An Ideal Mainstream Wi-Fi System


  • Easy to install
  • Small and discreet
  • Fast


  • Requires a smartphone
  • Lacks advanced router settings
  • Samsung Connect app needs improvements

Rating and Price

  • Rating: 8/10

The Samsung Connect Home (model AC1300) is a WIFI mesh network system that has several features which are highly desired by users. First, it provides a wireless connection to the whole home and helps to eliminate “coverage holes.” Secondly, it has been designed to be simply to install and configure. Finally, it is also a smart home hub so you won’t have to set up more “boxes” to control simple “smart appliances” such as sensors, smart bulbs, alarms and more. We’ve been putting it to the test, and here is how it worked in the real world.


I’m very familiar with modem and routers and used a variety of them, usually high-performance ones. Occasionally, I have setup some forwarding inside my network, but I would instead find a cloud solution to that, so these edge cases are not my priority. I’ll look at this WiFi system from the point of view of someone who just wants a fast and reliable WiFi network with very little effort.

What is a Mesh Network, and why is it different than WiFi repeaters

First, we should define what a “mesh” WiFi network is.

WiFi coverage and signal strength issues are obviously not new. Previously, WiFi users had the option to extend wireless coverage by using WiFi extenders/repeaters or creating secondary networks. Although that approach somewhat worked for fixed devices, there were points of friction such as possibly having separate networks for each repeater, or setting up different passwords, or having to configure one with the password of the other. None of it was smooth, and that is the reason why many people (including me) would rather complain about WiFi coverage than do something about it.

Also, because old-style WiFi extensions they were different networks, it could happen that you connect your phone to an access point (AP) in your basement/family room, but when you go to the living room, the network would not be smart enough to “hand over” the connection to your living room as long as you have a little bit of signal from the basement AP. You will stay connected to the last-used WiFi device, even if it has a lousy signal. It is only when you lose the signal entirely that your phone will try to reconnect to a better, closer network.

Mesh Networks


Mesh networks appear as a single,very wide, WiFi network, despite using several APs. Access Points (also called Nodes in a network) can communicate on a peer-to-peer basis to extend the range of the network.

Mesh networks also know how to hand-over the connection to the access point which has the best signal. This is very important for mobile devices because it means that you always have the best possible WiFi connection, and you don’t have to think about it at all. This is similar to how the cellular network is built with many cell towers that will transparently hand-over connections as you move around town.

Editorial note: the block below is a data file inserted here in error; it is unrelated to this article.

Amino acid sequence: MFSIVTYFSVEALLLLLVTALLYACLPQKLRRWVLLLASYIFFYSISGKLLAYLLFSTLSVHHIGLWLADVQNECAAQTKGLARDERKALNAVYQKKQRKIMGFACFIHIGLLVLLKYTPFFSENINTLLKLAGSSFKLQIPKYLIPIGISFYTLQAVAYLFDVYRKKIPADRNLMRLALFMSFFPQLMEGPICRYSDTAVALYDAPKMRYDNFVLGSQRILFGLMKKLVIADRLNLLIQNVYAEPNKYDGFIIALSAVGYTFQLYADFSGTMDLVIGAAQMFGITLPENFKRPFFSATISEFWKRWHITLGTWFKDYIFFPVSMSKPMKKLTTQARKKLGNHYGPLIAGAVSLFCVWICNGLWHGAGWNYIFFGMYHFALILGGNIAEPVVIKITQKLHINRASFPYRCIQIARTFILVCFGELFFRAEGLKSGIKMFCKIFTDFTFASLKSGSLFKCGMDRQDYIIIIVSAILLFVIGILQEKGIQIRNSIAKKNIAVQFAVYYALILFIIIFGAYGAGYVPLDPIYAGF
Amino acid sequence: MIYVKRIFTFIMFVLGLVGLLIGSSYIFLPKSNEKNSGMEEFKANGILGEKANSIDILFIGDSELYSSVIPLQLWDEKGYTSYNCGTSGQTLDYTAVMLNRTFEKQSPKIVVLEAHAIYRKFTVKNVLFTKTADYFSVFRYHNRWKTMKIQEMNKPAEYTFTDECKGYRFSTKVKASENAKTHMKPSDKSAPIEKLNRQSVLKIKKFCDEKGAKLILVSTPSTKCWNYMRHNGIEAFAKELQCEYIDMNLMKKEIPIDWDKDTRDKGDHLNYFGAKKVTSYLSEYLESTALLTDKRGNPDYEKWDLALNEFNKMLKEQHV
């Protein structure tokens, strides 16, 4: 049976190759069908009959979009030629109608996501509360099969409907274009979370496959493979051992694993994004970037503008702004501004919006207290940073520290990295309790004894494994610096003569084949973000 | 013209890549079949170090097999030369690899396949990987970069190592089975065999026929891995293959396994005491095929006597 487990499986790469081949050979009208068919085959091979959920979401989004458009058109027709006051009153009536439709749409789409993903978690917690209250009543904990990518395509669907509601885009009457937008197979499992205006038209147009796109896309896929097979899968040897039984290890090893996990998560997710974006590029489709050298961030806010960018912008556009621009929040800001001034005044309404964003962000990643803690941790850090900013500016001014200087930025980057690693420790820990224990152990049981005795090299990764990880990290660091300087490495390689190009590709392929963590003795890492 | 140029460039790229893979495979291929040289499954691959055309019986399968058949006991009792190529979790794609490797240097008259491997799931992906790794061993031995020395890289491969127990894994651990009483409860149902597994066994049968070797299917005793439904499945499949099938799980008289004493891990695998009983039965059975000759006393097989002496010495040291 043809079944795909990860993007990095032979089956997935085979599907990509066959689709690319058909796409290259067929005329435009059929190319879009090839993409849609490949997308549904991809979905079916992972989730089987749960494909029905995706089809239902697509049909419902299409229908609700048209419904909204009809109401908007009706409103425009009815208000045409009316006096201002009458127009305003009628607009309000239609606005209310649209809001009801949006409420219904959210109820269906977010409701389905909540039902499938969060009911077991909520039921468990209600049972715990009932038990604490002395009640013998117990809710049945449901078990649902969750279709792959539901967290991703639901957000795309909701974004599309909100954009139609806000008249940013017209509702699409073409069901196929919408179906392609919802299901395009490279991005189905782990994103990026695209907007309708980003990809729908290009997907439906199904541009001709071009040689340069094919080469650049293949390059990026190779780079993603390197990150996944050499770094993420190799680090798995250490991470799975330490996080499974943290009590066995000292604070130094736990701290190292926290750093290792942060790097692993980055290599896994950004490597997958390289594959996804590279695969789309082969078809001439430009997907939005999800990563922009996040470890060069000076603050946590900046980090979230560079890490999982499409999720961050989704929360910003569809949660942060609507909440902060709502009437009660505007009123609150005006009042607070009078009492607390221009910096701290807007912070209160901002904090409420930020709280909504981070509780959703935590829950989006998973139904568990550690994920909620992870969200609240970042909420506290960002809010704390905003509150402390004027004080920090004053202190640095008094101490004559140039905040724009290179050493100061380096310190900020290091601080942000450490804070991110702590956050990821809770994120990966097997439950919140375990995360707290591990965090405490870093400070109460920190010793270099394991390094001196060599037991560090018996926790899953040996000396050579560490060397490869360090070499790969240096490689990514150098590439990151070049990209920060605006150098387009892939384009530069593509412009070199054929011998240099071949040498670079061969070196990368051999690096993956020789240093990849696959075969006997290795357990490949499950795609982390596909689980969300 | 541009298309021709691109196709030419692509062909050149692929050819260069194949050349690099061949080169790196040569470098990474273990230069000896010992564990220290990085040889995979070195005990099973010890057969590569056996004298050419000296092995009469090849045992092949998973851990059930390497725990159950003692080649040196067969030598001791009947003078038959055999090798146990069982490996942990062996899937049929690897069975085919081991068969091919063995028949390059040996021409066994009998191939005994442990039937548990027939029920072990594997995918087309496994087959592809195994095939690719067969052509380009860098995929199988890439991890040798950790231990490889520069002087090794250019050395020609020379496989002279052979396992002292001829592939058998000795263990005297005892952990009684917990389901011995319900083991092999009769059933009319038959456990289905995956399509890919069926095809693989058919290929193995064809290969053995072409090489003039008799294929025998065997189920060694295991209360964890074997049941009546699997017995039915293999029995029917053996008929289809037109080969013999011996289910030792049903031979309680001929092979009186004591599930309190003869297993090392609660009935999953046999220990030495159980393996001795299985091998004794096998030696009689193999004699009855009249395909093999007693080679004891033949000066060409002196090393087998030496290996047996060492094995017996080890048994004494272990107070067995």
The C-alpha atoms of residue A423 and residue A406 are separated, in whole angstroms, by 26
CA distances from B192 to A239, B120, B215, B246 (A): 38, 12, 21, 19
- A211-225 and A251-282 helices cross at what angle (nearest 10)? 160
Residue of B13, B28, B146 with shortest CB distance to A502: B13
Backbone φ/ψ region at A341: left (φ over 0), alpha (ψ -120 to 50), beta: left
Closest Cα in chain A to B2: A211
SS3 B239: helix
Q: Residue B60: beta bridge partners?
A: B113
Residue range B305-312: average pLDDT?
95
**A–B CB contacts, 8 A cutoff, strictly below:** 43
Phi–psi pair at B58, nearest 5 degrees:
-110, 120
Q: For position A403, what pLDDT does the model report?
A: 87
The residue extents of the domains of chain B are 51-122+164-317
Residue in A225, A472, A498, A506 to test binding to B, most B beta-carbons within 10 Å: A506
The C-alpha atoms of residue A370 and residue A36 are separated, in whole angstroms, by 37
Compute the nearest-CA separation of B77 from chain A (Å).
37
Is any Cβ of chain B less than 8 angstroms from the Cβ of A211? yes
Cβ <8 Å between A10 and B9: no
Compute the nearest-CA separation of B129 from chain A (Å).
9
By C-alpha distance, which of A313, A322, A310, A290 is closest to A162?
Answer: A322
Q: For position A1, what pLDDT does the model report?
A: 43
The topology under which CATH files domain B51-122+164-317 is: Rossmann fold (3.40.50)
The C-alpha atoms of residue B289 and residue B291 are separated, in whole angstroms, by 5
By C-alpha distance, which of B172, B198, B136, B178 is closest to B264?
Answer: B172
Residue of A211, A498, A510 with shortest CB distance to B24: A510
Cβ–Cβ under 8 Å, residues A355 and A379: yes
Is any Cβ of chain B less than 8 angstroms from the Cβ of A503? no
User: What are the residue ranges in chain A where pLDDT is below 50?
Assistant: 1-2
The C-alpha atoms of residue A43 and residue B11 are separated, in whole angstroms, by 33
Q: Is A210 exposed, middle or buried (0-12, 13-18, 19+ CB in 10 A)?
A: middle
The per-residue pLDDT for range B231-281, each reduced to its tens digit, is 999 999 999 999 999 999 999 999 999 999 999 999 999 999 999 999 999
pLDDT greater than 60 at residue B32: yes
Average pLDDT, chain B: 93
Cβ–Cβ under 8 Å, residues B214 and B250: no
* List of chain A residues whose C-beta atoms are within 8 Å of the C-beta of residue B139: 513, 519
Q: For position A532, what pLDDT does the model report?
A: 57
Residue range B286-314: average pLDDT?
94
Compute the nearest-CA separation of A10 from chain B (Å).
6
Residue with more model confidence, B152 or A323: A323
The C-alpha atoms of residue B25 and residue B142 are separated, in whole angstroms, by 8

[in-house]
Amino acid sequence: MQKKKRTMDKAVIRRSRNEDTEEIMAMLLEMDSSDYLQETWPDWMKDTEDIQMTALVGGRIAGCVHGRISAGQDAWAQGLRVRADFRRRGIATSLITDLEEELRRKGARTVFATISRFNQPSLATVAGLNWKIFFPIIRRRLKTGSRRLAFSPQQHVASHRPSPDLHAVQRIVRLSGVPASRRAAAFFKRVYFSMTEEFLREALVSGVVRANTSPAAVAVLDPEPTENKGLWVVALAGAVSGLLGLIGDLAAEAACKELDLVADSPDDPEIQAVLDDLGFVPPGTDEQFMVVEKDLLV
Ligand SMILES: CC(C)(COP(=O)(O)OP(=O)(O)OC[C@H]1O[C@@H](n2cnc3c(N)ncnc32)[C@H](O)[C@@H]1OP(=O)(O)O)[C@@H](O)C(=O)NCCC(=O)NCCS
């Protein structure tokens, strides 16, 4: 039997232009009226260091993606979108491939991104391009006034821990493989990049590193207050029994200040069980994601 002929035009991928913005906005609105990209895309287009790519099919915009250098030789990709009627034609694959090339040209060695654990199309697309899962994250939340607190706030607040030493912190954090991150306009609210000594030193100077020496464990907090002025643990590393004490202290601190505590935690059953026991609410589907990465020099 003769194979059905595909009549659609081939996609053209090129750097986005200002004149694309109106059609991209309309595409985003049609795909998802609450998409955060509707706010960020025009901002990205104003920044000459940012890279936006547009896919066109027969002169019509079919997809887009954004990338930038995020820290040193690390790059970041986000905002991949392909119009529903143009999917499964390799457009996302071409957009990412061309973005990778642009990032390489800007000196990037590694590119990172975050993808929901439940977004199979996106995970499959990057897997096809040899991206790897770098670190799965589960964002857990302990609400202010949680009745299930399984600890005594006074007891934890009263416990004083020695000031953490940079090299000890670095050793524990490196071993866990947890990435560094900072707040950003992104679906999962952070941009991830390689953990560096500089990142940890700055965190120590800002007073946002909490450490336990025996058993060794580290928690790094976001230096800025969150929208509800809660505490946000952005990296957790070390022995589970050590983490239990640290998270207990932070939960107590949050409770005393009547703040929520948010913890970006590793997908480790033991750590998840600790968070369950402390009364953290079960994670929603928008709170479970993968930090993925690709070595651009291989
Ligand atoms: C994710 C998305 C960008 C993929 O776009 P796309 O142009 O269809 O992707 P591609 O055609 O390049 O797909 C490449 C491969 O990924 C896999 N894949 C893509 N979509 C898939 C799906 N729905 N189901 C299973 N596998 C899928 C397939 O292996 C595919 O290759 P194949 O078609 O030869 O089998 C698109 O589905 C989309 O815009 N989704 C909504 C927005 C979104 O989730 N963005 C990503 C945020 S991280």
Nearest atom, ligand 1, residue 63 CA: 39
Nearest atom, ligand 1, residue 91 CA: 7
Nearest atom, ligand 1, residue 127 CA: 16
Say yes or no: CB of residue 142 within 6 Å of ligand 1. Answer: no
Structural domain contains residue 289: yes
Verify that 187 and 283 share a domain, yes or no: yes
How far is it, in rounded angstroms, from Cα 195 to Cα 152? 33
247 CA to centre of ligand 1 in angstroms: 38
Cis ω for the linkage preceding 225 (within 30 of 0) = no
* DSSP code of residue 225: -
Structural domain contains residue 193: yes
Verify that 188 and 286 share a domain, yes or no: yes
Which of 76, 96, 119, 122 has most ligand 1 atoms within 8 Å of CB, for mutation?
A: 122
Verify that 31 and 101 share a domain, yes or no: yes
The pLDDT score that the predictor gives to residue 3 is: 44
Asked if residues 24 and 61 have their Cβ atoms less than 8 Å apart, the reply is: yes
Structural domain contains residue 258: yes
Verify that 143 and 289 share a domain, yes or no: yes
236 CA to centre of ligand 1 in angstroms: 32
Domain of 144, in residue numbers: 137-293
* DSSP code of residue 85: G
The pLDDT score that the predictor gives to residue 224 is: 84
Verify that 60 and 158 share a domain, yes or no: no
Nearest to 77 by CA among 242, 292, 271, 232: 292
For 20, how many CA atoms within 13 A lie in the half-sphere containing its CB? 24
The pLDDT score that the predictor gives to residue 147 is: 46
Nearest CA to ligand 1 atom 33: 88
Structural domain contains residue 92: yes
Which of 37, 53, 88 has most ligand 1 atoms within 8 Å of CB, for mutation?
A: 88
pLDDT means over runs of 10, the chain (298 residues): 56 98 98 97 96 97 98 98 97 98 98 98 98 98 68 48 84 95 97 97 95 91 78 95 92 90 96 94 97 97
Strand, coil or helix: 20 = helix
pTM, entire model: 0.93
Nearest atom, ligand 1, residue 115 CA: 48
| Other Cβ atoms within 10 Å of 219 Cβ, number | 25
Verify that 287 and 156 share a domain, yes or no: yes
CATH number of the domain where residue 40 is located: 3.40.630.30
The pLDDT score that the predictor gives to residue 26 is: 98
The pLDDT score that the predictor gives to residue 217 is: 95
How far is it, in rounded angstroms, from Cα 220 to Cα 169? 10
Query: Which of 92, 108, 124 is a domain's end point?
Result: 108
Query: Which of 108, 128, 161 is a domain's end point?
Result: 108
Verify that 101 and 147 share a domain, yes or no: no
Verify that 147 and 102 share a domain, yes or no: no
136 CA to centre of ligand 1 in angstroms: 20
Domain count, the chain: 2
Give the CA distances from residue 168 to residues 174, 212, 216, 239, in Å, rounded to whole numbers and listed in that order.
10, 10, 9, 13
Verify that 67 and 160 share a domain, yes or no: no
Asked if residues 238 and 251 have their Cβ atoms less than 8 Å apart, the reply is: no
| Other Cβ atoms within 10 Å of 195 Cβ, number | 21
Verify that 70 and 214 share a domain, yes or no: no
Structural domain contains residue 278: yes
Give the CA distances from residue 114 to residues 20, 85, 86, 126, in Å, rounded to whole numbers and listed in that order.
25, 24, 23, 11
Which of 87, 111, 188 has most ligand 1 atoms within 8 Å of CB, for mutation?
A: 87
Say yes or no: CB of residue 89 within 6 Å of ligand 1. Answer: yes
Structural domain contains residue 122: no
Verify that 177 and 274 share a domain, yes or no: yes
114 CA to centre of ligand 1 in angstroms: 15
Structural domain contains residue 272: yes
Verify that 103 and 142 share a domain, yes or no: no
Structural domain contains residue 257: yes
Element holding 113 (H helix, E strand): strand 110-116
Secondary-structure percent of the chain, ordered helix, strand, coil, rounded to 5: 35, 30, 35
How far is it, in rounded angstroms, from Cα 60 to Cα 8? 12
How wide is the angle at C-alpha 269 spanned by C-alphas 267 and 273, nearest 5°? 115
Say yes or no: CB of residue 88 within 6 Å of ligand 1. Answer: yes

Finally, the APs communicate among themselves with a private WiFi-based network, which is more efficient and less prone to latency when compared to setting up repeaters, or sub-networks.

Let’s be clear: Mesh Networks are highly convenient and the best thing that happened to WiFi for the past 10 years. But keep in mind that the APs are still subject to the same laws of physics governing general WiFi radios. You will need to make sure that each box can communicate decently with at least another one. Every obstacle in the home (walls, appliances, etc…) will diminish the signal between two APs.


The Samsung Connect Home (AC1300) can come in a pack of one to three devices. I think that it is even possible to add up to five, but three is the maximum number of devices that you will get into a single retail box.

The Samsung Connect Home devices are all identical. They can both serve as a router or as a WiFi access point. You will connect one of them via Ethernet to either a modem or a router, and that one will become the de-facto “master” that will create the mesh network to which you add the subsequent ones.

The Connect home devices are quite compact (4.72″ x 1.16″ x 4.72″) and they are low-key enough to blend in in various kinds of home interiors. They are designed to be left on a flat surface, and there isn’t some built-in way to attach them to a wall or something like that.


The installation is straightforward and requires a smartphone (Android or iPhone). I’ll assume that you have a working WIFI with either a modem or a router that is connected to the Internet. If not, the first thing to do is to make sure that your internet connection is working by connecting a phone or a computer to the modem/router.

Once the home internet connection is known to work, all you have to do is to connect one of the Connect Home boxes via Ethernet and turn it on. Download the Samsung Connect app (Android/iOS) and launch it. The application should detect the Connect Home box currently running. If it does not, you can add it manually.


It seems like Samsung is using Bluetooth to connect the phone to the AP during the discovery phase, but there is no formal pairing (confirmation request). All you need to do is to get the phone near (< 1-feet), and things should go smoothly from there. I made the mistake of being too far, and the app could not finish the setup with the box. Once I realized that I needed to get closer, it was a smooth ride: your Connect Home WiFi network will be up when the green light is solid. You can keep the existing WiFi network if you had a router before and both will run side by side.

Once the Connect Home WiFi network is running, adding subsequent Connect Home devices to is a similar process. You just must power them, and use the app to add each. The process is extremely easy, and if the box doesn’t connect, make sure that it is close enough to another one the mesh to get a proper WiFi signal. You can also setup all boxes in the same room, then move them later. If one of them loses the connectivity, you can just move it around until it gets it back (the app shows signal strength). I did that for one of them, and it worked great.